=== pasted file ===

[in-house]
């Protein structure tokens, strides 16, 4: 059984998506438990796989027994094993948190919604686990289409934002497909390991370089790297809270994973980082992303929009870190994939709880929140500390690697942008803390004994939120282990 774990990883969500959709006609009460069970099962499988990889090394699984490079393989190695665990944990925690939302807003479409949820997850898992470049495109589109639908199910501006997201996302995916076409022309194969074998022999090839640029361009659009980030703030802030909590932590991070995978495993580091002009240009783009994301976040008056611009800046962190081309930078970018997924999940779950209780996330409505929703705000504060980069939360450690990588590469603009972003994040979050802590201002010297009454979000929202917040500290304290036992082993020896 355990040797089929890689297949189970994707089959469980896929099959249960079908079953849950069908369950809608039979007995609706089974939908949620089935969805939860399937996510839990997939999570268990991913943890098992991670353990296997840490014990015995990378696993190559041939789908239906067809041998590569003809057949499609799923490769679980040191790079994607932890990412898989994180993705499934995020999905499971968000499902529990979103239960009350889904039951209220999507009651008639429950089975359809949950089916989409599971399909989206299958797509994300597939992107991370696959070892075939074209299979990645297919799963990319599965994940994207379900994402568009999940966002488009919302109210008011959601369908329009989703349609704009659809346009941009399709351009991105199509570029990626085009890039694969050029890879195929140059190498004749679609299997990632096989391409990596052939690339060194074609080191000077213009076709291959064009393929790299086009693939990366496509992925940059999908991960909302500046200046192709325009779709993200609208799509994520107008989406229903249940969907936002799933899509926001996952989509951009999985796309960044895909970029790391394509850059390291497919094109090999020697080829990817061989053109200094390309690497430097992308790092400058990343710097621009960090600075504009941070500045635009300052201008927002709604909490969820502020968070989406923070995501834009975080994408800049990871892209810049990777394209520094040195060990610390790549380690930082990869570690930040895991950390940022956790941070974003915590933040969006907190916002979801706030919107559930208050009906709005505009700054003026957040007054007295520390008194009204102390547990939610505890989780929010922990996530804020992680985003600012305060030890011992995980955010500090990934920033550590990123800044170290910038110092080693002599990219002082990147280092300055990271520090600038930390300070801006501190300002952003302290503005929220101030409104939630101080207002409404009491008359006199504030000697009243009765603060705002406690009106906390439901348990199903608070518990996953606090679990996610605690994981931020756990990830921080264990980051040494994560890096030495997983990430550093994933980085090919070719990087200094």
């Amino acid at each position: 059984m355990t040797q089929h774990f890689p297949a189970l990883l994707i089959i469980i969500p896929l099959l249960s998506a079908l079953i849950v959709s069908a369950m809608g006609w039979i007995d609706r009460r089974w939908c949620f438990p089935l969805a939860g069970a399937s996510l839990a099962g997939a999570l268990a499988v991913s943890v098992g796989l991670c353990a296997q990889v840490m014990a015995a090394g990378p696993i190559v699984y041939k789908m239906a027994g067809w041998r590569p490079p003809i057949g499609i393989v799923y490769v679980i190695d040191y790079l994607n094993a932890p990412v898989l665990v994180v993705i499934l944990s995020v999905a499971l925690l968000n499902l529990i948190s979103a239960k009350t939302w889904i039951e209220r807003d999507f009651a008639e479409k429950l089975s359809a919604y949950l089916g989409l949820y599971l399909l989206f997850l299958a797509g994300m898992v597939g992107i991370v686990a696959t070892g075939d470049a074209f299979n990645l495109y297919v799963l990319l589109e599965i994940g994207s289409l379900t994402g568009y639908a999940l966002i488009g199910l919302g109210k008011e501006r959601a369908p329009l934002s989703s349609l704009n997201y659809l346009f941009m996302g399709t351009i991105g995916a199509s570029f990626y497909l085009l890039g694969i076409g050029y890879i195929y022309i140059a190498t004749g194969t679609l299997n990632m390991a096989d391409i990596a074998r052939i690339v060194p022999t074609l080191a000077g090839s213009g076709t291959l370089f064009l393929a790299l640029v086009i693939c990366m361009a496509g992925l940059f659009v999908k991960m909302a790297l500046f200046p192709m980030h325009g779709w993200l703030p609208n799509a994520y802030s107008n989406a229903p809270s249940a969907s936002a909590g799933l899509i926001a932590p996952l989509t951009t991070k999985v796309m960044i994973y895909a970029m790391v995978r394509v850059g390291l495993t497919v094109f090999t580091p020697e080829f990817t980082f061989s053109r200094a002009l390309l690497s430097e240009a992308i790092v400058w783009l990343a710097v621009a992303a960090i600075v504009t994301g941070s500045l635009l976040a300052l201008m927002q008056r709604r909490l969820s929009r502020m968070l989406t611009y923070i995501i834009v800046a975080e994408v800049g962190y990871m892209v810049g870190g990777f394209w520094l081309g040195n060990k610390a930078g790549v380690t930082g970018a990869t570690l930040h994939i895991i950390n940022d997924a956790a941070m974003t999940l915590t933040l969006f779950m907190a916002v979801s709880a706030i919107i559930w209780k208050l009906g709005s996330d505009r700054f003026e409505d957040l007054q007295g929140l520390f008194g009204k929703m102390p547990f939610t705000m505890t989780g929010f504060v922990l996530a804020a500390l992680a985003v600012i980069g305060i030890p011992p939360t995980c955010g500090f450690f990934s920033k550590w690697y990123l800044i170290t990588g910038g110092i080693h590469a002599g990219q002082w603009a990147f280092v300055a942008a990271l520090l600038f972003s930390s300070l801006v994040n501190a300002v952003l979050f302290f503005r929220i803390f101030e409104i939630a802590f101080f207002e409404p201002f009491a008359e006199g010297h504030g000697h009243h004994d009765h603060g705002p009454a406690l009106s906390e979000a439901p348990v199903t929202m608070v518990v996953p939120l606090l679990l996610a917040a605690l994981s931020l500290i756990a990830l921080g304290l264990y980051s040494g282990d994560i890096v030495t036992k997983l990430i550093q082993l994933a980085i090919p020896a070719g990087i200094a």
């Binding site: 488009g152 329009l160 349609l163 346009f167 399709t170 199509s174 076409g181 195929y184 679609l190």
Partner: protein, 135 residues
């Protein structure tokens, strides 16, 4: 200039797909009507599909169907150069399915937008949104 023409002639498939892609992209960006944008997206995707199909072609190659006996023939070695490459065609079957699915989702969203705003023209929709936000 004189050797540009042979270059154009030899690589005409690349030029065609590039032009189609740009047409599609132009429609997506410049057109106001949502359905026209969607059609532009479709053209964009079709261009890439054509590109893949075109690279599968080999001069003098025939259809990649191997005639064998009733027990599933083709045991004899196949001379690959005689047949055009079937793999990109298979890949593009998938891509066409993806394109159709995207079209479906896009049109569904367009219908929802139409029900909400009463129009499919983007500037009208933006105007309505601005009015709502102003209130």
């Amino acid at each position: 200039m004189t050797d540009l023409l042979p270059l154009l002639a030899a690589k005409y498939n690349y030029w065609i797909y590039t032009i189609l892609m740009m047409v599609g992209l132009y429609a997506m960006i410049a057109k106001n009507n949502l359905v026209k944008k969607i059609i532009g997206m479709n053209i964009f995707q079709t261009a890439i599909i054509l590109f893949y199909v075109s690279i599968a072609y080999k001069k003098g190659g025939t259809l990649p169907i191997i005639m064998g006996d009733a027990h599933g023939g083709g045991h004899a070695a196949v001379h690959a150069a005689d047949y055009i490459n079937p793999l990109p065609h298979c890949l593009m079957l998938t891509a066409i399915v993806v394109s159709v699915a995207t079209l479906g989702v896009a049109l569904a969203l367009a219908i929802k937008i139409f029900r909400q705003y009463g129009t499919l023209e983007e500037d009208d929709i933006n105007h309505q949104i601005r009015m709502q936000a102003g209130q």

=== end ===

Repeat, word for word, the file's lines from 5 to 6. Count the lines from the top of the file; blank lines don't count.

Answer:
Partner: protein, 135 residues
């Protein structure tokens, strides 16, 4: 200039797909009507599909169907150069399915937008949104 023409002639498939892609992209960006944008997206995707199909072609190659006996023939070695490459065609079957699915989702969203705003023209929709936000 004189050797540009042979270059154009030899690589005409690349030029065609590039032009189609740009047409599609132009429609997506410049057109106001949502359905026209969607059609532009479709053209964009079709261009890439054509590109893949075109690279599968080999001069003098025939259809990649191997005639064998009733027990599933083709045991004899196949001379690959005689047949055009079937793999990109298979890949593009998938891509066409993806394109159709995207079209479906896009049109569904367009219908929802139409029900909400009463129009499919983007500037009208933006105007309505601005009015709502102003209130």